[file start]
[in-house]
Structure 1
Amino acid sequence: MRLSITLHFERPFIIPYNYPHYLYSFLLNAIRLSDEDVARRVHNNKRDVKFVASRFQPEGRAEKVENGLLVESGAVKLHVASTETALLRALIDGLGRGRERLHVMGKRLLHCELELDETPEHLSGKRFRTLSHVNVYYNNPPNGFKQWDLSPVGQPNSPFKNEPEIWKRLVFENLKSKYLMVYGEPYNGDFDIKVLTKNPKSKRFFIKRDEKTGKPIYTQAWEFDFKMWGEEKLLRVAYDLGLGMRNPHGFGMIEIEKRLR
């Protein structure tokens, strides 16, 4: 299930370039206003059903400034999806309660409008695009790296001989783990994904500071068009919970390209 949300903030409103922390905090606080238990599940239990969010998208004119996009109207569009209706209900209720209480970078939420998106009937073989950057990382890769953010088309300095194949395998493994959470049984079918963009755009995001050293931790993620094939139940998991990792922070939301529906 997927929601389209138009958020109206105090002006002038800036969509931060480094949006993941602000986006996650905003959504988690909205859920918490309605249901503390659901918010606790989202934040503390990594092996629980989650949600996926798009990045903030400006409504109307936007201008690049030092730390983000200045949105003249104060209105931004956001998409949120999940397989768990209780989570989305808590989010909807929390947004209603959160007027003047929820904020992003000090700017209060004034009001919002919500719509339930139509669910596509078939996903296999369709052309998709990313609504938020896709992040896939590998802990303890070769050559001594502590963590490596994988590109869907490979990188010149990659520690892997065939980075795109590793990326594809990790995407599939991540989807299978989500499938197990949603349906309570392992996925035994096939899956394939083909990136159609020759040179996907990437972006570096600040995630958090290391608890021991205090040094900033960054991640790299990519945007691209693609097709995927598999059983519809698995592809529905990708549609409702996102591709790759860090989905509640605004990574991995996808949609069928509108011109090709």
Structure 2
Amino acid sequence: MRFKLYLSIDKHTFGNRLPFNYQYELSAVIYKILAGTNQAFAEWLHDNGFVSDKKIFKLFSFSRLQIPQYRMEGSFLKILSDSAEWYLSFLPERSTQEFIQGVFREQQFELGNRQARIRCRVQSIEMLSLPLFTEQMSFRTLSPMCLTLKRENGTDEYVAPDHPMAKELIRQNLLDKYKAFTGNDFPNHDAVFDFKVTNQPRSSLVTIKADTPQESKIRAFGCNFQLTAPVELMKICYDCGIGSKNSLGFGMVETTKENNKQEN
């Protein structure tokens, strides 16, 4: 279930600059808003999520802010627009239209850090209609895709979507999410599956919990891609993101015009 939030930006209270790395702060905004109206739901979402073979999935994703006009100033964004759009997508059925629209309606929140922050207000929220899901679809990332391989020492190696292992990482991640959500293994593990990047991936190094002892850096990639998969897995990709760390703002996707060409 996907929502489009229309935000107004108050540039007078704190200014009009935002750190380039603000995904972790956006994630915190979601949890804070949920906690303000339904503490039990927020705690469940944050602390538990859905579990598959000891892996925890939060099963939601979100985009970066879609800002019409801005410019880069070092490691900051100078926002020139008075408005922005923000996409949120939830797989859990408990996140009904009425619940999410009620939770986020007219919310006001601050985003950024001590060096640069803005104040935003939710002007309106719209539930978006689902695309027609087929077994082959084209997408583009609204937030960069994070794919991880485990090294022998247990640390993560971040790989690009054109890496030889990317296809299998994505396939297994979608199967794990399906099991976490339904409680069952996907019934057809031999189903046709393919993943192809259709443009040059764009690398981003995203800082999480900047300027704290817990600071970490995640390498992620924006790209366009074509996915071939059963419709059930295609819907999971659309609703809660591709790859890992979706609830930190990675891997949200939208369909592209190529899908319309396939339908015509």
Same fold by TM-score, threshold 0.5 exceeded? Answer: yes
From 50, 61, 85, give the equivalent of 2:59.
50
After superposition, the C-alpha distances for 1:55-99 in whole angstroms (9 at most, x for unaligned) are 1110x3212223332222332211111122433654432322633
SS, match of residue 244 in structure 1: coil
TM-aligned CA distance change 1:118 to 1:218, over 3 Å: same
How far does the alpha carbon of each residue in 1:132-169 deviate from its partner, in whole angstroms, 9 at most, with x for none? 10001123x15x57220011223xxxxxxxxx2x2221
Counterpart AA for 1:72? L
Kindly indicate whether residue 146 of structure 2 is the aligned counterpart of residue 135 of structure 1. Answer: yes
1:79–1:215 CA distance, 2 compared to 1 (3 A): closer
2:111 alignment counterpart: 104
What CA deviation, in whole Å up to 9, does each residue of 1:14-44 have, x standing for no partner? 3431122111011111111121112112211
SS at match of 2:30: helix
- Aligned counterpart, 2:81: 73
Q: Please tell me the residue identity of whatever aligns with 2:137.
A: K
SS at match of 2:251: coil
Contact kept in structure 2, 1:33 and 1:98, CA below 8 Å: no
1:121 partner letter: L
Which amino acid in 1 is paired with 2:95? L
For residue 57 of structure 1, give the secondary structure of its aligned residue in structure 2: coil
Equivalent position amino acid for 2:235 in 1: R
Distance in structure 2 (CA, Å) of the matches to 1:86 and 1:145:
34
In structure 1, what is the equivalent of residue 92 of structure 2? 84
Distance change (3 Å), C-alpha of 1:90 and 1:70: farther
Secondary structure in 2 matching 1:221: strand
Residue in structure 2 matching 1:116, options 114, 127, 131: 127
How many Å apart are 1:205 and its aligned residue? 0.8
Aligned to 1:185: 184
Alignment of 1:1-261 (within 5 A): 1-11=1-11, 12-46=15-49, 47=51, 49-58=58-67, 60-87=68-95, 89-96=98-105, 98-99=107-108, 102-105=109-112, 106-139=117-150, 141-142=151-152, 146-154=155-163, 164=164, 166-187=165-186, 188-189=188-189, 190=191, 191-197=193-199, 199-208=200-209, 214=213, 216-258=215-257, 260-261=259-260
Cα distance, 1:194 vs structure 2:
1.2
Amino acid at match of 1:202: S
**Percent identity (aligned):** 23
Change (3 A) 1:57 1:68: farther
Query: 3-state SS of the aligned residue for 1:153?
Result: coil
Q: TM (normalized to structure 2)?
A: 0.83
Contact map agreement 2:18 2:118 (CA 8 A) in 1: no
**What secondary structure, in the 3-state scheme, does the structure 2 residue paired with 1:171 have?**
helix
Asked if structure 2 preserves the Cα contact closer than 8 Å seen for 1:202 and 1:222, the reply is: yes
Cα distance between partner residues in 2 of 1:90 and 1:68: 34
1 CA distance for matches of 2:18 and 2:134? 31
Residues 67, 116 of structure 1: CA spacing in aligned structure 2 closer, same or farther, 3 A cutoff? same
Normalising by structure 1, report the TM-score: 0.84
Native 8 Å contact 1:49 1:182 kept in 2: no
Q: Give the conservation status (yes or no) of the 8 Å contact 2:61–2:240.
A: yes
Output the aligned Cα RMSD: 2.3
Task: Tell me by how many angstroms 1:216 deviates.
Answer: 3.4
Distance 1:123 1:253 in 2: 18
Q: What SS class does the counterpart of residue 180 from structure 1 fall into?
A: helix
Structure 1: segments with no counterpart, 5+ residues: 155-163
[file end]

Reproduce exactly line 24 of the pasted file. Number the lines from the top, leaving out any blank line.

SS at match of 2:251: coil